Mortgage rates move upward for Friday

Several benchmark mortgage rates climbed today. The average rates on 30-year fixed and 15-year fixed mortgages both increased. Meanwhile, the average rate on 5/1 adjustable-rate mortgages also trended upward.

Rates for mortgages change daily, but they remain low by historical standards. If you’re in the market for a mortgage, it may make sense to lock if you see a rate you like. Just make sure you shop around first.

Compare mortgage rates in your area now.

30-year fixed mortgages
The average rate for the benchmark 30-year fixed mortgage is 4.12 percent, an increase of 10 basis points since the same time last week. A month ago, the average rate on a 30-year fixed mortgage was higher, at 4.21 percent.

At the current average rate, you’ll pay principal and interest of $484.36 for every $100,000 you borrow. That’s $5.79 higher compared with last week.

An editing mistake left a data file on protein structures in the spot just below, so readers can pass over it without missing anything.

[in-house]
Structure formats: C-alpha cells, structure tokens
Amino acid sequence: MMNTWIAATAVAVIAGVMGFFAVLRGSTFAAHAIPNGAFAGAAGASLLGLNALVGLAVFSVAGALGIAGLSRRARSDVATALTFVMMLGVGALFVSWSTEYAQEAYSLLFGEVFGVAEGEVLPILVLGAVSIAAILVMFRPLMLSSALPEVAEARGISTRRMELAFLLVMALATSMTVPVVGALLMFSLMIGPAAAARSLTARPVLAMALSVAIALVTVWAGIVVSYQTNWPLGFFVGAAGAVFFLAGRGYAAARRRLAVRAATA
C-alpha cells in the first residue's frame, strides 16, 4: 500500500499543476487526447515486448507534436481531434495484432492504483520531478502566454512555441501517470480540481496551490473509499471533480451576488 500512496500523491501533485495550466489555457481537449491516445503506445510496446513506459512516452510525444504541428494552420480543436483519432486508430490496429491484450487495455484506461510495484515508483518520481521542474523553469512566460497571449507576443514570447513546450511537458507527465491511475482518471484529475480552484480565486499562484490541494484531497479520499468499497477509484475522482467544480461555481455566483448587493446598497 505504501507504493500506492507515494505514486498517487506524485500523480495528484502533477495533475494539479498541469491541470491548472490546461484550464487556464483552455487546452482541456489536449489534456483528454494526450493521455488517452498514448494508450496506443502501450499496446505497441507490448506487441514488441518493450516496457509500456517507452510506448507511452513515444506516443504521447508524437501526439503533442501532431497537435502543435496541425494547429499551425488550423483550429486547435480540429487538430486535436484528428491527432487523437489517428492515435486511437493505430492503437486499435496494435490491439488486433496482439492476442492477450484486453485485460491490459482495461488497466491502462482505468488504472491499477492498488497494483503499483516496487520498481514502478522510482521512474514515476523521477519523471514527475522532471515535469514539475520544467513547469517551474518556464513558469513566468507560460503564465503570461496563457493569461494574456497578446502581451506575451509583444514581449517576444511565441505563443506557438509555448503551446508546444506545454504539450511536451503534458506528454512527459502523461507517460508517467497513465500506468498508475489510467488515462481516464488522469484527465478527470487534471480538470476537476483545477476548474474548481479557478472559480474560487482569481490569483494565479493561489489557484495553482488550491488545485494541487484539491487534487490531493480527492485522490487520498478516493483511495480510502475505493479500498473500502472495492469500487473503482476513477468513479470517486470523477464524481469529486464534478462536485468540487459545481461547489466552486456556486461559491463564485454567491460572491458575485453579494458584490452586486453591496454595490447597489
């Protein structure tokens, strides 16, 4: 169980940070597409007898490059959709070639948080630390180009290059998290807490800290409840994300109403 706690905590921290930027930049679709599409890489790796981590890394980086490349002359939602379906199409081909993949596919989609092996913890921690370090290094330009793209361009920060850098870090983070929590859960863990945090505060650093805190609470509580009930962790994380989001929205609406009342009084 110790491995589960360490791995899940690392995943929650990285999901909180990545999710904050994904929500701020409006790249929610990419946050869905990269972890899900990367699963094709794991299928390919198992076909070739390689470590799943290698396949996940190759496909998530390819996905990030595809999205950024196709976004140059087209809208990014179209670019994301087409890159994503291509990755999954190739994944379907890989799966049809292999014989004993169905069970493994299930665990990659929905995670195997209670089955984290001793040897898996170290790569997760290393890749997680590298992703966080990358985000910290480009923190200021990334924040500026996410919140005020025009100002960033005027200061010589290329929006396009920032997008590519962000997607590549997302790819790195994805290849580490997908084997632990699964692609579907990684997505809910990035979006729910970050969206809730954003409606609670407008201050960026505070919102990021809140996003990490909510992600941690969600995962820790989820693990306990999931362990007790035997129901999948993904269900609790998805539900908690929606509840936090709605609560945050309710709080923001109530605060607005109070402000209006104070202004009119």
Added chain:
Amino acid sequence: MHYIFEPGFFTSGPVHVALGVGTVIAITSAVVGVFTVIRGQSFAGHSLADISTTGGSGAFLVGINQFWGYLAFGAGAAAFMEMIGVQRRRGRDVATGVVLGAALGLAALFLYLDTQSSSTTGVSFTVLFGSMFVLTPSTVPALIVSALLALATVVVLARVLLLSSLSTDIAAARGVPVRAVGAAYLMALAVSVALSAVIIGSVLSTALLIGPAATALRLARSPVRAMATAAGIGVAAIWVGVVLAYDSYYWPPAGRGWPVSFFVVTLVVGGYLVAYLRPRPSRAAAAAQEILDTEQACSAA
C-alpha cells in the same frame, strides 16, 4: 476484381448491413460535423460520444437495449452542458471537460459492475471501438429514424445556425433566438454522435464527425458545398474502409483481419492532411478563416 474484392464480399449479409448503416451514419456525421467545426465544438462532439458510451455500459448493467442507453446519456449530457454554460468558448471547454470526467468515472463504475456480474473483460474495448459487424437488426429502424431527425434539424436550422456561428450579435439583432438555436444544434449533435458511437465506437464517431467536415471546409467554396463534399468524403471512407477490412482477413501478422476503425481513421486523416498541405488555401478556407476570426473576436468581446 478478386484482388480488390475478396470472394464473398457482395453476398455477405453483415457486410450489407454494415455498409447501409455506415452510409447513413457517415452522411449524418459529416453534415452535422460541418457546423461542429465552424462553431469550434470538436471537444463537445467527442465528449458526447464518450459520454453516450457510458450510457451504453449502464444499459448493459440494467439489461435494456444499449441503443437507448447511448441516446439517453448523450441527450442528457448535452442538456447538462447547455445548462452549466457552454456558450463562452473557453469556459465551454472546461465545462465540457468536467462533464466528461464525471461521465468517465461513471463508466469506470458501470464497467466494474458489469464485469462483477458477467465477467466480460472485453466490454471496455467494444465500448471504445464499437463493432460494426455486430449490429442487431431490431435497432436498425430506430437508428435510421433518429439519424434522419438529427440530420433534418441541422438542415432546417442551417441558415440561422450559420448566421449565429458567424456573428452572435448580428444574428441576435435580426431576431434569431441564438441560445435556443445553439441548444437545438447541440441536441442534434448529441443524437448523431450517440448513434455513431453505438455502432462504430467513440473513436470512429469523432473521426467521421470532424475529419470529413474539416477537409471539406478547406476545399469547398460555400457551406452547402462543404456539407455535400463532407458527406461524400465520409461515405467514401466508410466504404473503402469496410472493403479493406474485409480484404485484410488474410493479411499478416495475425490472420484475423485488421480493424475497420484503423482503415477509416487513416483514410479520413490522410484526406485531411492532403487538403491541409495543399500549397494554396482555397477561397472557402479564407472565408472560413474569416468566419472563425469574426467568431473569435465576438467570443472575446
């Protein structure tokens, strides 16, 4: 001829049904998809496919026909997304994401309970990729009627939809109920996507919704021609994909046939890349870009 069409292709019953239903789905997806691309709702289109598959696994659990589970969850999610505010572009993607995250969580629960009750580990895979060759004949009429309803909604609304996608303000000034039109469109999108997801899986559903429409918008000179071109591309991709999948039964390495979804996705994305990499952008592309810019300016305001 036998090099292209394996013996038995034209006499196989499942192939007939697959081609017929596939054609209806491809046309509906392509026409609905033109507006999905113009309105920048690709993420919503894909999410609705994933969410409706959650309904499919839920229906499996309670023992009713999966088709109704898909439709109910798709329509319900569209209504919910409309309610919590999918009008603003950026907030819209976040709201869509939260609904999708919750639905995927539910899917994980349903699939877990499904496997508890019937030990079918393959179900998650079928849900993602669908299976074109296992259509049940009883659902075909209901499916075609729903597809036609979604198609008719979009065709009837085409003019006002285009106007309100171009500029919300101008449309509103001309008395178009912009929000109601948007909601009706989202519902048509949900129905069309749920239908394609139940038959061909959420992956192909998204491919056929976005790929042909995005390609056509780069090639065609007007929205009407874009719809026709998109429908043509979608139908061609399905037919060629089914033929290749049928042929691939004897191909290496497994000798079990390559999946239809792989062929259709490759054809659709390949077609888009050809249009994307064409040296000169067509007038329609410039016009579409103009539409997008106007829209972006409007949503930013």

You can use Bankrate’s mortgage calculator to get a handle on what your monthly payments would be and find out how much you’ll save by adding extra payments. It will also help you calculate how much interest you’ll pay over the life of the loan.

15-year fixed mortgages
The average 15-year fixed mortgage rate is 3.56 percent, up 7 basis points over the last seven days.

Monthly payments on a 15-year fixed mortgage at that rate will cost around $718 per $100,000 borrowed. Yes, that payment is much bigger than it would be on a 30-year mortgage, but it comes with some big advantages: You’ll save thousands of dollars over the life of the loan in total interest paid and build equity much more quickly.

5/1 ARMs
The average rate on a 5/1 ARM is 4.05 percent, ticking up 5 basis points over the last week.

These types of loans are best for those who expect to sell or refinance before the first or second adjustment. Rates could be substantially higher when the loan first adjusts, and thereafter.

Monthly payments on a 5/1 ARM at 4.05 percent would cost about $480 for each $100,000 borrowed over the initial five years, but could ratchet higher by hundreds of dollars afterward, depending on the loan’s terms.

Where rates are headed
To see where Bankrate’s panel of experts expect rates to go from here, check out our Rate Trend Index.